• One of the populations Largest in the World
    • 125 Million People in 1897
  • Large percentage were peasants
    • 77% in 1897
  • Large scale poverty and public discontent
    • 52% of peasants could not sustain themselves in 1900
  • Great social divide between Ruling classes and the lower classes
internal contradictions and the collapse of tsarism3
Internal Contradictions and the collapse of Tsarism

Russification

  • Russia was made up of Catholic Poles, Protestant Germans/Finns, Tukestani Muslims, Jews, Siberian tribes among others
  • No violence toward other races, apart from Jews
  • Instead races were subjected to Russian culture, laws, school teaching and language as well as Orthodox Christianity
  • Led to nationalist movements and revolts in minority states
  • By 1900 only 45% of the population were ethnic Russians
  • Without Russian dominance, an Austria-Hungary style break up could have occurred
internal contradictions and the collapse of tsarism4
Internal Contradictions and the collapse of Tsarism

Production

  • Vast natural resources yet labour force based around agriculture
  • 1913 Iron output: 10,188 tons. 10.4 million tons in England
  • 1913 income per person: 101.2 руб. 463 in England

Riasanovsky and Steinberg, 2005

internal contradictions and the collapse of tsarism5
Internal Contradictions and the collapse of Tsarism

Politics

  • Power from autocrat. No laws or guidelines to limit power
  • Attempts by Tsars to improve liberalism and turn toward a constitutional monarchy
  • Essential features of Romanov rule remained unchanged
  • Alienation from Government as shown by the Army

Chubarov, 1999

conclusions
Conclusions

Tsarist rule collapsed because...

  • Economic issues made worse by the War
  • Protests in Petrograd brought Workers and Soldiers together against the Tsar
  • Motives of some members of the Duma and creation of the Provisional Government
  • Nicholas II and his separation from the Russian state.

Tsarist Russia was torn apart by internal contradictions such as...

  • Size and weakness of the Russian empire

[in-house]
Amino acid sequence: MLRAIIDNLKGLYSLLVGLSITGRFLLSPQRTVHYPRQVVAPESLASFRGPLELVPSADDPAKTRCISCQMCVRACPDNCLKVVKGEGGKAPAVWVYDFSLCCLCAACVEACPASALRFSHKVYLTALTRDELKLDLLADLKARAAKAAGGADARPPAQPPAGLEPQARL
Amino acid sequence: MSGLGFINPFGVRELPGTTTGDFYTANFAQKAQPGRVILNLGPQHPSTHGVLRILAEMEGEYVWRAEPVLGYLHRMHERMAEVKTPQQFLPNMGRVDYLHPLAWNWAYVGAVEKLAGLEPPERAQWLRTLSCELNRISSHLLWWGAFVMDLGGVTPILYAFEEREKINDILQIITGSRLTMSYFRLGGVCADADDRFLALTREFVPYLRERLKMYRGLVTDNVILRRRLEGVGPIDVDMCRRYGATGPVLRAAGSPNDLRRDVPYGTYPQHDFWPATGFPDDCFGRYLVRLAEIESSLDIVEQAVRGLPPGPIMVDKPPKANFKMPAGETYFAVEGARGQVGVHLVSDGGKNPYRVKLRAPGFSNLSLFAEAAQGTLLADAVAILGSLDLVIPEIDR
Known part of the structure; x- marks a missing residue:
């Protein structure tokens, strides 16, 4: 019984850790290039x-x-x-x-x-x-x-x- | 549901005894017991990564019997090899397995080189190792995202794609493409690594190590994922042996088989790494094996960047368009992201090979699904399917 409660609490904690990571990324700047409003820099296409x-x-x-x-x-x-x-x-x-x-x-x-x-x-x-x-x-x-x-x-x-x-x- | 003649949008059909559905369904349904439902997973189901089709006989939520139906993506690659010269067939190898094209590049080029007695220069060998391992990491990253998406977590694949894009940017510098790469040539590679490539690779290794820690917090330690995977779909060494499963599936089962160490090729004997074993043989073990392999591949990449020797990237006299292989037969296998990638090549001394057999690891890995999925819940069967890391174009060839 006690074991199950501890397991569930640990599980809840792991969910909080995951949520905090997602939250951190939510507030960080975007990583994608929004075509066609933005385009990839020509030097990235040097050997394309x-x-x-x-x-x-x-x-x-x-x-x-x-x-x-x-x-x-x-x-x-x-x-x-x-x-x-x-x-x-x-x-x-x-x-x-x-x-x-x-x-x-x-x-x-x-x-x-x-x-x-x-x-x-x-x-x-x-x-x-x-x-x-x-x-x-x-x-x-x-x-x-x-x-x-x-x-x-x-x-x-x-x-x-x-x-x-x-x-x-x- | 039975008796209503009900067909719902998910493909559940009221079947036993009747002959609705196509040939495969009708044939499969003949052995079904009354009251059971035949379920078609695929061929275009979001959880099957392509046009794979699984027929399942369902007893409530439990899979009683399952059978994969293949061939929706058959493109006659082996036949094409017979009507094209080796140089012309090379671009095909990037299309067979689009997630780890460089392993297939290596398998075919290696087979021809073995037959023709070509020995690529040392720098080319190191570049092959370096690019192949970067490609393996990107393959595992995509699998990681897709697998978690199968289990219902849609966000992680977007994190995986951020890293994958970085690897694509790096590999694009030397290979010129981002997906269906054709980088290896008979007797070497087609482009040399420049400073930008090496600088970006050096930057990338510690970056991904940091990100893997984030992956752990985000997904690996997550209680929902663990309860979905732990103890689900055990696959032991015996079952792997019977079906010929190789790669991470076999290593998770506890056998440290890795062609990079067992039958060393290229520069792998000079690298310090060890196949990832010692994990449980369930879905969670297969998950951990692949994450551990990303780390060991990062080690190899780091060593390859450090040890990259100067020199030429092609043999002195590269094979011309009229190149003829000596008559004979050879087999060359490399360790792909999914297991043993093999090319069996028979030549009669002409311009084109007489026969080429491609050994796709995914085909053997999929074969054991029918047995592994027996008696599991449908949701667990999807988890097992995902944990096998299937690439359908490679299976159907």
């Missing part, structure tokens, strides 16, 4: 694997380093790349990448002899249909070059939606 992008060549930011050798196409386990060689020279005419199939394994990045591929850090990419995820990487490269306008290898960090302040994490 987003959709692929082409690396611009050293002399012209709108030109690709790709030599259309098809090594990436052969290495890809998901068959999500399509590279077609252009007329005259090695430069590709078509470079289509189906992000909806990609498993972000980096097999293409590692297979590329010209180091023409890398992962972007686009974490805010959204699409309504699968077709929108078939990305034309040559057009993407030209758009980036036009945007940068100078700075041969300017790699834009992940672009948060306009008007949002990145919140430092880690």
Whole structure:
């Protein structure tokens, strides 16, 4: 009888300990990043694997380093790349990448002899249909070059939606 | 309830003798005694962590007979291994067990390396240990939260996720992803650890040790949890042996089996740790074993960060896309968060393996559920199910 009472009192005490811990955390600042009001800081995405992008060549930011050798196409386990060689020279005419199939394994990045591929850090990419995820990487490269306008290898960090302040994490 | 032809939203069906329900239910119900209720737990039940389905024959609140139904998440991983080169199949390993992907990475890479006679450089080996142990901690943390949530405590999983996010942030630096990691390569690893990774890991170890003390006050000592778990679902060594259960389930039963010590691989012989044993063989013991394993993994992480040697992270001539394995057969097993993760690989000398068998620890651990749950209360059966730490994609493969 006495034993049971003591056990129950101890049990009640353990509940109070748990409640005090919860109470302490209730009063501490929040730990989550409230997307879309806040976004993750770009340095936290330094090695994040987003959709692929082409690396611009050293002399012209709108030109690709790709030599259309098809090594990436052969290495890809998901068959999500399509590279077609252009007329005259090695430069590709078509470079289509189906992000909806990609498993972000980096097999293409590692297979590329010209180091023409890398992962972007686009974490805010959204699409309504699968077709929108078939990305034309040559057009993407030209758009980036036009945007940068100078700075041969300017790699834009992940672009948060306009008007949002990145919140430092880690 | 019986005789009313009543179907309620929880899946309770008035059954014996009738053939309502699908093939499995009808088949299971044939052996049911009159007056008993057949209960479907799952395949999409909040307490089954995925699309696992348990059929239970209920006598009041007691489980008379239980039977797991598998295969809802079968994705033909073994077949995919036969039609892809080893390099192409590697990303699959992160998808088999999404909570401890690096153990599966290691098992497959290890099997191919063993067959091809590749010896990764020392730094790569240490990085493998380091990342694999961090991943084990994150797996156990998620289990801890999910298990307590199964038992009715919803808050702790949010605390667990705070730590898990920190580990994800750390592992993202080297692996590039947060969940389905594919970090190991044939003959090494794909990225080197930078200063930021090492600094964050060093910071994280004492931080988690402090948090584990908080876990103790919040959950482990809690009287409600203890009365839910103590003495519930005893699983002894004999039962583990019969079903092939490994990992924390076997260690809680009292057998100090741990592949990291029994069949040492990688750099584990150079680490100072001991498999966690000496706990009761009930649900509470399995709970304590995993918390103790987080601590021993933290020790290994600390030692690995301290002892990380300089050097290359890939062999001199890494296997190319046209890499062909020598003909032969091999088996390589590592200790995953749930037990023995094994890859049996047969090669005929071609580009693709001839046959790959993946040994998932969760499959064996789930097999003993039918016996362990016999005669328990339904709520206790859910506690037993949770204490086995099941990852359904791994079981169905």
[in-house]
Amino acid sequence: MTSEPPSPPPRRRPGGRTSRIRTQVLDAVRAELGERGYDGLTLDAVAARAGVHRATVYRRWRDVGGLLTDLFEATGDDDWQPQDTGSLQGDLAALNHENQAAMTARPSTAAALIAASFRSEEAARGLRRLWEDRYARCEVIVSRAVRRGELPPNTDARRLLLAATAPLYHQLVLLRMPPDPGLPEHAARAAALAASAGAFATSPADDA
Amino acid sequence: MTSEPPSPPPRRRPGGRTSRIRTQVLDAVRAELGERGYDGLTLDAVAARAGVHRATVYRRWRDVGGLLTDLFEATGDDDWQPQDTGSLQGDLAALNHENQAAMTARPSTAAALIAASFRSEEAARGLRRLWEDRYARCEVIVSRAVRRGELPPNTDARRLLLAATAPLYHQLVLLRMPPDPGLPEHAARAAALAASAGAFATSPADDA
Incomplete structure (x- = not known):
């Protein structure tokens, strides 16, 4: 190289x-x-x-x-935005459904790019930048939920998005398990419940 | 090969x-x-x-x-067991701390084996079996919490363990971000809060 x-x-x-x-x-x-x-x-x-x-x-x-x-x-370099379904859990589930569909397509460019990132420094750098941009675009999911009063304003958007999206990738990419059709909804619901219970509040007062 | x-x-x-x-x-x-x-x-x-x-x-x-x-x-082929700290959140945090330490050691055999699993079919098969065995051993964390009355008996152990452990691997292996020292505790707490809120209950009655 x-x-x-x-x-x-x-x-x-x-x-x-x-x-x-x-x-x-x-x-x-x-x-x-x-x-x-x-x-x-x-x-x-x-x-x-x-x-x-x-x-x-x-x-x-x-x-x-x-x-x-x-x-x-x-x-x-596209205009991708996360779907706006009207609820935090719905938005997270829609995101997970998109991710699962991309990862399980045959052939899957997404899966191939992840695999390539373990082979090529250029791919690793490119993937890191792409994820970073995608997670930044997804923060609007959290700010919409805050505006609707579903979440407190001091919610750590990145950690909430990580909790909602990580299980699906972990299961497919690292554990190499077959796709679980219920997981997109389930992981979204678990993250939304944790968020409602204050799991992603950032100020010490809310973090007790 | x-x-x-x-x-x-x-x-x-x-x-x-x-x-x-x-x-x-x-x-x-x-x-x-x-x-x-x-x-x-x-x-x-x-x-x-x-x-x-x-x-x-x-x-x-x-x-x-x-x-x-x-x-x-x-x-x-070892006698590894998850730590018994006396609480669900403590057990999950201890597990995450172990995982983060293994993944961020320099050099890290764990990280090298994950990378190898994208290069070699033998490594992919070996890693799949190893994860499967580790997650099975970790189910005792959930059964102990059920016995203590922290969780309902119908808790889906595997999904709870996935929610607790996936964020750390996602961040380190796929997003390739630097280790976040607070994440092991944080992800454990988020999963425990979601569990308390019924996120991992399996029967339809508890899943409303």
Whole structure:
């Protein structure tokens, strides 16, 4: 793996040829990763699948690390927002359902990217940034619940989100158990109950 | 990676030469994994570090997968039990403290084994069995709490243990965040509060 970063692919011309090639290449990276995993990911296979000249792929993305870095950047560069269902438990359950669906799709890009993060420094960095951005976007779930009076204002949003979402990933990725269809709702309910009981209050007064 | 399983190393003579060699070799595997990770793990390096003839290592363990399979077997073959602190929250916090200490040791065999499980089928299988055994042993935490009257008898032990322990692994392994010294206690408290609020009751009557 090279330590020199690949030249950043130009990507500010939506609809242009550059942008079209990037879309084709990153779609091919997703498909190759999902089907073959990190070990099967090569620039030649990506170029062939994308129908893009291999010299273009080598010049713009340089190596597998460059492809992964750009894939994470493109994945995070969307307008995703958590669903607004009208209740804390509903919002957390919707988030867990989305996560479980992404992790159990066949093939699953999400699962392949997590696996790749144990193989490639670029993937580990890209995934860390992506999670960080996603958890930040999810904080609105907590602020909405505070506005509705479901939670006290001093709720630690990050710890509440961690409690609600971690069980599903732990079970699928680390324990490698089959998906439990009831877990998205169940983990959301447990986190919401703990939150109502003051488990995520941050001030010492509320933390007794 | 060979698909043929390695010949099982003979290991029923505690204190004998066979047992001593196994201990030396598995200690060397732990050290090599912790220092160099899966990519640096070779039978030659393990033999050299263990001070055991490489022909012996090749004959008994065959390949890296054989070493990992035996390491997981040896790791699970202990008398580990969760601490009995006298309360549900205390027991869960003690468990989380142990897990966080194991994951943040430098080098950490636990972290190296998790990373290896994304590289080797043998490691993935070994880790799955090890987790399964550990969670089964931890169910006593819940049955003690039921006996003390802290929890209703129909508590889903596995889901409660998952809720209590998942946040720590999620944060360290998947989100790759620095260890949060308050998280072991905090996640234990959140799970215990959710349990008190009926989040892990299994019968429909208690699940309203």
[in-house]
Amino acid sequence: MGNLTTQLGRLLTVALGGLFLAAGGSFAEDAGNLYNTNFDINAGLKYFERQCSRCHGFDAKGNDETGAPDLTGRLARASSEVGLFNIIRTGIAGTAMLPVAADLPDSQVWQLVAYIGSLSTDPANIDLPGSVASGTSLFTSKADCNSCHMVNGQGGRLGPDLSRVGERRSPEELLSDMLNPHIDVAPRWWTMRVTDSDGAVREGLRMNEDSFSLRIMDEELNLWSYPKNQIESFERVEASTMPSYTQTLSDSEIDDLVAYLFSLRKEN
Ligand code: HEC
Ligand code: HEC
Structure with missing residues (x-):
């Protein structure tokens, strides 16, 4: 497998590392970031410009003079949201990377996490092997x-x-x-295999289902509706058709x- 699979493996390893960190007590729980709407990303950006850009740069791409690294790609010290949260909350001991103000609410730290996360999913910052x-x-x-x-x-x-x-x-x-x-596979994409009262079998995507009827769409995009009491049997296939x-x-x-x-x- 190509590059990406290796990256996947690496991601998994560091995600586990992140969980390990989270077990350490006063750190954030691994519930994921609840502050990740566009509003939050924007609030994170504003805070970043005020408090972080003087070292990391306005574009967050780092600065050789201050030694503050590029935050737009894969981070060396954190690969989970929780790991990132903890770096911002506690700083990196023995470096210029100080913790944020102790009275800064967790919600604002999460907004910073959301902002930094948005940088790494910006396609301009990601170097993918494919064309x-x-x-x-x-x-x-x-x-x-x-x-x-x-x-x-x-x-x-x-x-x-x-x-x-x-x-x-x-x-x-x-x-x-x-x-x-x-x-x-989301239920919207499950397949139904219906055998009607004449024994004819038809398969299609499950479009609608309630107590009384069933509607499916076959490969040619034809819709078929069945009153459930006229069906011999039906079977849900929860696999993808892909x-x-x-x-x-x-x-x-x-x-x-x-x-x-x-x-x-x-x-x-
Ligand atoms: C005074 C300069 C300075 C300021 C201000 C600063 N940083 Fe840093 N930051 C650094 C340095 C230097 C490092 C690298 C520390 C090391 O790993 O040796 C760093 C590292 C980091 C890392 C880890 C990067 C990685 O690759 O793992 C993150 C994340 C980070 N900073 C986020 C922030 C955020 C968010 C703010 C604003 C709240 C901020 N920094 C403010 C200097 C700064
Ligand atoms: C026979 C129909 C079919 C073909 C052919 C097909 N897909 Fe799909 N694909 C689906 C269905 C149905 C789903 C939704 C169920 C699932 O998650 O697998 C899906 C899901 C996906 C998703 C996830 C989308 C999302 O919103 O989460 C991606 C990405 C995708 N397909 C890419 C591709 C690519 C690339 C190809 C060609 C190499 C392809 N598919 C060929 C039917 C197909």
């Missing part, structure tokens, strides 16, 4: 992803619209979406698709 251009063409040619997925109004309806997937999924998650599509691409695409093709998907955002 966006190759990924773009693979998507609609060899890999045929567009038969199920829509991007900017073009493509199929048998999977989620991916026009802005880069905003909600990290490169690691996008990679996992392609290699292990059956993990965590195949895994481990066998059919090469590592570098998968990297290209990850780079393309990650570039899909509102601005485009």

• Great yet impoverished population
  • Oppressed minority groups
  • Wealth in Russia’s resources but the lack of industry in order to cultivate them
  • The autocratic political system had failed to become democratic throughout the Romanov dynasty.
references
References
  • Browder, R. and Kerensky, A. (1961) The Russian Provisional Government 1917, Stanford, Stanford University Press
  • Chubarov, A. (1999) The Fragile Empire: A History of Imperial Russia, New York, Continuum
  • Chubarov, A. The Beggarly Empire (2007) [online]. available from; <http://allrussias.com/tsarist_russia/fragile_1.asp> [accessed 26th October 2011]
  • Ferro, M. (1972) The Russian Revolution of February 1917, London, Routledge
  • Katkov, G. (1967) Russia 1917, The February Revolution, Oxford, Longmans
  • Katkov, G., Oberländer, E., Poppe, N. and Von Rauch, G. (eds.) (1971) Russia Enters the Twentieth Century, London, Maurice Temple Smith Ltd
  • Kulikov, S. (2009) ‘“Revolutions Invariably Come From Above”: The Fall of Tsarism through the Prism of the Elite Circulation Prism’, Russian Studies in History, 47, 4, 8-39
  • Lockhart, R. (1991) ‘The February Revolution of 1917’, History Today, 41, 2, 34-42
  • Riasanovsky, N. and Steinberg, M. (2005) A History of Russia, 7th edition, New York, Oxford University Press
  • Westwood, J. (2002) Endurance and Endeavour: Russian History 1812-2001, 5th edition, Oxford, Oxford University Press